There’s a fascinating new book out, “The Gridlock Economy,” by Michael Heller. Heller published a paper in Science in 1998 that lays out some of the core ideas, but the book expands and updates these ideas very well. And the underlying notion is relevant for scholars, publishers, and researchers.
Heller’s main concepts are “the anticommons” and the gridlock of fragmented ownership. In the tragedy of the commons (in a nice coincidence, this term was also coined in an article in Science), “multiple individuals acting independently in their own self-interest can ultimately destroy a shared resource even where it is clear that it is not in anyone’s long term interest for this to happen.” In the tragedy of the anticommons, fragmented ownership thwarts realization of a desirable social outcome.
Heller’s examples of this are many (airport gridlock, the US deficit in cell phones and broadband, why the DVDs of “Married . . . with Children” don’t use the theme song “Love and Marriage”). The book goes into many more nuances than the article, and is more current. Some examples jump out for publishers and scientists in general.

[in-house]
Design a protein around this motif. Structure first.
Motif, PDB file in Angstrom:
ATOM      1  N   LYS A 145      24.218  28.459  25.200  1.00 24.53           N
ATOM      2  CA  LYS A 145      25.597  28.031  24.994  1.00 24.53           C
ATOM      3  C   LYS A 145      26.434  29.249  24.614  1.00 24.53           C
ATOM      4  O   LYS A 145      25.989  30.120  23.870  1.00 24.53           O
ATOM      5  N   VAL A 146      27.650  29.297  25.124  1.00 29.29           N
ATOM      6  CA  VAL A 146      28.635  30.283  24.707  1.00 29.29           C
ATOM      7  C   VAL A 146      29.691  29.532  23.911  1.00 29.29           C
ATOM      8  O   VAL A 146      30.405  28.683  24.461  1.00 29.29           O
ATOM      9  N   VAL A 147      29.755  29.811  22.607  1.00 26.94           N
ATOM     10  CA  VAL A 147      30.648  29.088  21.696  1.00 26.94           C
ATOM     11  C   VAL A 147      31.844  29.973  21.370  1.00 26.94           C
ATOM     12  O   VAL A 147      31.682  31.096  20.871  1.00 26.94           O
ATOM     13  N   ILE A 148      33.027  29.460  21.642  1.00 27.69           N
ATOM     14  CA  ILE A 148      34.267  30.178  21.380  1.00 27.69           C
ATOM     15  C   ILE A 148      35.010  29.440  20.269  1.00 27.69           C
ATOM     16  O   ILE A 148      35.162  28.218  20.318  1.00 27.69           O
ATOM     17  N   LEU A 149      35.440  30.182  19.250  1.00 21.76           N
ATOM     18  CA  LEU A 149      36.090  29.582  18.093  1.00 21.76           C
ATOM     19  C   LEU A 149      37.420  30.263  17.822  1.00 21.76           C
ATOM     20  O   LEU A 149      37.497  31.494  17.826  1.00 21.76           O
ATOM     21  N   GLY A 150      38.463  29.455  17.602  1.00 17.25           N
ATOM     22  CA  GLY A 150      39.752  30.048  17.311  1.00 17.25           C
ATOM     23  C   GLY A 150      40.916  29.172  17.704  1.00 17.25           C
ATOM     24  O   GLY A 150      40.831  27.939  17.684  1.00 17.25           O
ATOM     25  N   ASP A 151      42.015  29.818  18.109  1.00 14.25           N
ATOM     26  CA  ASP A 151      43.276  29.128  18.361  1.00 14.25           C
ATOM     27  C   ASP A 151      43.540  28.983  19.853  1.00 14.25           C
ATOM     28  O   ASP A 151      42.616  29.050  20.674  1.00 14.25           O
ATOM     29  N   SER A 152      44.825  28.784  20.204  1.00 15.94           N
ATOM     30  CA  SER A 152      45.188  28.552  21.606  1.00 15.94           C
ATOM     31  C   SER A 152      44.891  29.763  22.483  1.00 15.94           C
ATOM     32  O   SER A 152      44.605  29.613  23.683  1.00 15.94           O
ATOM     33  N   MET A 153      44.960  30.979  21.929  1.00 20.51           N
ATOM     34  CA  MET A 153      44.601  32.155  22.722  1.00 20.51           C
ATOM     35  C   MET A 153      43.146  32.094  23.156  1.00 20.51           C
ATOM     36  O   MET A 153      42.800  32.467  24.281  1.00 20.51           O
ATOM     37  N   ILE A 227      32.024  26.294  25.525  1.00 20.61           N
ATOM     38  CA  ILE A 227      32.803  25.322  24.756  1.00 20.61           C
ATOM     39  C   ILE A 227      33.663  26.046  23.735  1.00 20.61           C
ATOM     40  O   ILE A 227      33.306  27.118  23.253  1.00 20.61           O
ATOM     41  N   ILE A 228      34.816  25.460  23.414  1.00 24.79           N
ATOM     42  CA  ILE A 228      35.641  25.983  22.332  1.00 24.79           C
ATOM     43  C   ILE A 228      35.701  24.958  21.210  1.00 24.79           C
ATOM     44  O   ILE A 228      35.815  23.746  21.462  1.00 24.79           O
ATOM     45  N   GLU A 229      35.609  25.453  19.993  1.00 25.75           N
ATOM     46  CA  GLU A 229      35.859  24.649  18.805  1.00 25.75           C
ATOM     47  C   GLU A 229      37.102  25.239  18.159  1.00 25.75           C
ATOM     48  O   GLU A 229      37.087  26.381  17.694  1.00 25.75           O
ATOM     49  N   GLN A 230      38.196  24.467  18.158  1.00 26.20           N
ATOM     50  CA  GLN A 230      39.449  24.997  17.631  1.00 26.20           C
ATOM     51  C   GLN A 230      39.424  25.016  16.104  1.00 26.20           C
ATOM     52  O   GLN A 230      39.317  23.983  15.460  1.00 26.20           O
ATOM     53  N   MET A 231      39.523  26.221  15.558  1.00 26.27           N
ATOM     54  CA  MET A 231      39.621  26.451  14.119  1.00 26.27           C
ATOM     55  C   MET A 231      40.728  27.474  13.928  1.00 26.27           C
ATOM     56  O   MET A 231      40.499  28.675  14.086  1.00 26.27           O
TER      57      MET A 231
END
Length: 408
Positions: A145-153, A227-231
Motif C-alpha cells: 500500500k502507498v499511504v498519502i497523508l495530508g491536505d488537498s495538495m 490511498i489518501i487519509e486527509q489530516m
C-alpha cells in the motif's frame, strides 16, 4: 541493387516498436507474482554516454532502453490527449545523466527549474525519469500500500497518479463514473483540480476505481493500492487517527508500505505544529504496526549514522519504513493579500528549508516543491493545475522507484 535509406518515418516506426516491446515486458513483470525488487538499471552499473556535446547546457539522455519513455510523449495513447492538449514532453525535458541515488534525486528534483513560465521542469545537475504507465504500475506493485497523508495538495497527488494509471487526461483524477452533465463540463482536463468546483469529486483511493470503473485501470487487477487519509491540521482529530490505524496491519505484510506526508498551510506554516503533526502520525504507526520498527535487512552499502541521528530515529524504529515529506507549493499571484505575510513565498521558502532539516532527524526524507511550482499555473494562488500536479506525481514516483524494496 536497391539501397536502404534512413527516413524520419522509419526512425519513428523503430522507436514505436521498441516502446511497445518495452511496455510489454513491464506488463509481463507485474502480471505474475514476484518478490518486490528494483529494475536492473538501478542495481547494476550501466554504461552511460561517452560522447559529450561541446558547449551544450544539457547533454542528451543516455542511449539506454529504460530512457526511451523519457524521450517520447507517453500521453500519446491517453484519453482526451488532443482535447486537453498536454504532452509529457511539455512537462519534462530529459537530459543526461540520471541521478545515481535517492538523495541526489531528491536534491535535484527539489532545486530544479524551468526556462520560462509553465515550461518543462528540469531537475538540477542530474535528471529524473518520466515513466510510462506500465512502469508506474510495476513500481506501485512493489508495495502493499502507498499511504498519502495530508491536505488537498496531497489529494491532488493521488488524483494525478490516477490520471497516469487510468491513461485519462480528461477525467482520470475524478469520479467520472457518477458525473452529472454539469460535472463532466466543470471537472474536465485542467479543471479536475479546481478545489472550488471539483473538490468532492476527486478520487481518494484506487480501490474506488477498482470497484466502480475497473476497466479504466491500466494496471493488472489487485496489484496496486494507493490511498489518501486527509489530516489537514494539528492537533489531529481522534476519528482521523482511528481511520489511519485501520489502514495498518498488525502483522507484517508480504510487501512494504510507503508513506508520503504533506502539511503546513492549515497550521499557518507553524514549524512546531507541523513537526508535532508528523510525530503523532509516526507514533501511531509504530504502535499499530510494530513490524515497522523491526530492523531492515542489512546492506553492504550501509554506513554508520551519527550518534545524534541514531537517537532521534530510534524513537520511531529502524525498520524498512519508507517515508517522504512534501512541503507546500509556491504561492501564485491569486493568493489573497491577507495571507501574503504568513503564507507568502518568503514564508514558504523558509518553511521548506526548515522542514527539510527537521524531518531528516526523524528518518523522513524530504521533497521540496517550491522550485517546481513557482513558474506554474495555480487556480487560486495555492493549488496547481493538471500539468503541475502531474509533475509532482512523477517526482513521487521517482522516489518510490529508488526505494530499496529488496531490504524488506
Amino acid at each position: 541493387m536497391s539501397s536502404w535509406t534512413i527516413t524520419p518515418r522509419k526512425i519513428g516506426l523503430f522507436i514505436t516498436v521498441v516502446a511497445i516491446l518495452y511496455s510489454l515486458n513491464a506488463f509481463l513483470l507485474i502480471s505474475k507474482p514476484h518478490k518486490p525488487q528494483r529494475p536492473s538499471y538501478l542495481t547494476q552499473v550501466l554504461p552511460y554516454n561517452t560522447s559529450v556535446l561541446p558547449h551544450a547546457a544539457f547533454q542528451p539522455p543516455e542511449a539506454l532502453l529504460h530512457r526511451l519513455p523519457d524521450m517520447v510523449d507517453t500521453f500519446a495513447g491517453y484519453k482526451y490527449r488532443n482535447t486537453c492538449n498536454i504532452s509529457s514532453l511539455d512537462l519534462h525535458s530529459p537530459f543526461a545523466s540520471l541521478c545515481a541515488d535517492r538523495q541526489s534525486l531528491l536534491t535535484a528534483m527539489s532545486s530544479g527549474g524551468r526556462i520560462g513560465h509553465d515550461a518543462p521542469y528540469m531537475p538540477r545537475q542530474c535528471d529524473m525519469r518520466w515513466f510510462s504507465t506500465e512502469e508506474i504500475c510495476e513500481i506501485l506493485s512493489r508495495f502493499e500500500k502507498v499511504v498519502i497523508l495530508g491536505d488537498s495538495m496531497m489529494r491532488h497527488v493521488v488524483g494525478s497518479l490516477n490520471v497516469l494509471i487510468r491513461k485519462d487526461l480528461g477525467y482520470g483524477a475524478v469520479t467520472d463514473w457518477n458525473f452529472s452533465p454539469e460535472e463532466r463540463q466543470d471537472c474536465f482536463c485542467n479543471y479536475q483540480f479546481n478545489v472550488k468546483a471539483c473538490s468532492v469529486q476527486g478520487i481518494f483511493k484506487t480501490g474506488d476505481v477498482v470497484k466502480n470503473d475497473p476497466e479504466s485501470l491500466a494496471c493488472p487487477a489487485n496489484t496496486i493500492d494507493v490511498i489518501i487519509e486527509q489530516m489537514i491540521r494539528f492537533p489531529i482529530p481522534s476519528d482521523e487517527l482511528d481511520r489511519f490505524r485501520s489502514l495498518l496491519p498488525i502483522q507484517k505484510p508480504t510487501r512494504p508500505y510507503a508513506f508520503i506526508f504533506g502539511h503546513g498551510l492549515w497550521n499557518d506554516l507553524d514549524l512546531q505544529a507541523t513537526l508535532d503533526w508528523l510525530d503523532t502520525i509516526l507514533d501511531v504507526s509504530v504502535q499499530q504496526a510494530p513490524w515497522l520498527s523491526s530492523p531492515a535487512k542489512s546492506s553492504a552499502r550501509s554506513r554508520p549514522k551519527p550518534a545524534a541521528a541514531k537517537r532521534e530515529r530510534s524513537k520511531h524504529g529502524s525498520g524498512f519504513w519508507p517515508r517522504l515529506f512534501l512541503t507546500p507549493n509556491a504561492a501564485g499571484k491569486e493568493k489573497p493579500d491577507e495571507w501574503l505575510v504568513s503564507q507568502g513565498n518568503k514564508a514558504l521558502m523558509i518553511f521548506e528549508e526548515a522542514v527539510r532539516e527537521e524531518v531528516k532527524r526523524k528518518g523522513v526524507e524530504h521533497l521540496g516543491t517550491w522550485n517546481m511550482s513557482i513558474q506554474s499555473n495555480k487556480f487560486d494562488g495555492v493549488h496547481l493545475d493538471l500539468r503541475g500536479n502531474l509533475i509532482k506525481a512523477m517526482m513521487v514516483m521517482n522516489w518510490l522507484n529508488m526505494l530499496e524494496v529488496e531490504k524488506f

Heller briefly talks about Google Books, and shows how stalling this initiative is a tragedy of the anticommons. Negotiation with multiple rights holders takes too long and costs too much, and the fragile logic these rights holders use to thwart indexing is likely costing society more than is justified, even in total.
He also talks about the recent stalling of drug discoveries and new medicines, and how “probabilistic” patents around genetic sequences and other basic science findings have thwarted the drug pipeline, a true tragedy.
However, it’s not so simple, as you’ll find out if you read the book. After all, patents create awareness of inventions and discoveries. Without patents, secrecy would prevail, and that would truly hamper innovation and advancements.
Overall, the book is well-written, and the topic is timely. I’d recommend it to anyone interested in the macro trends affecting us today.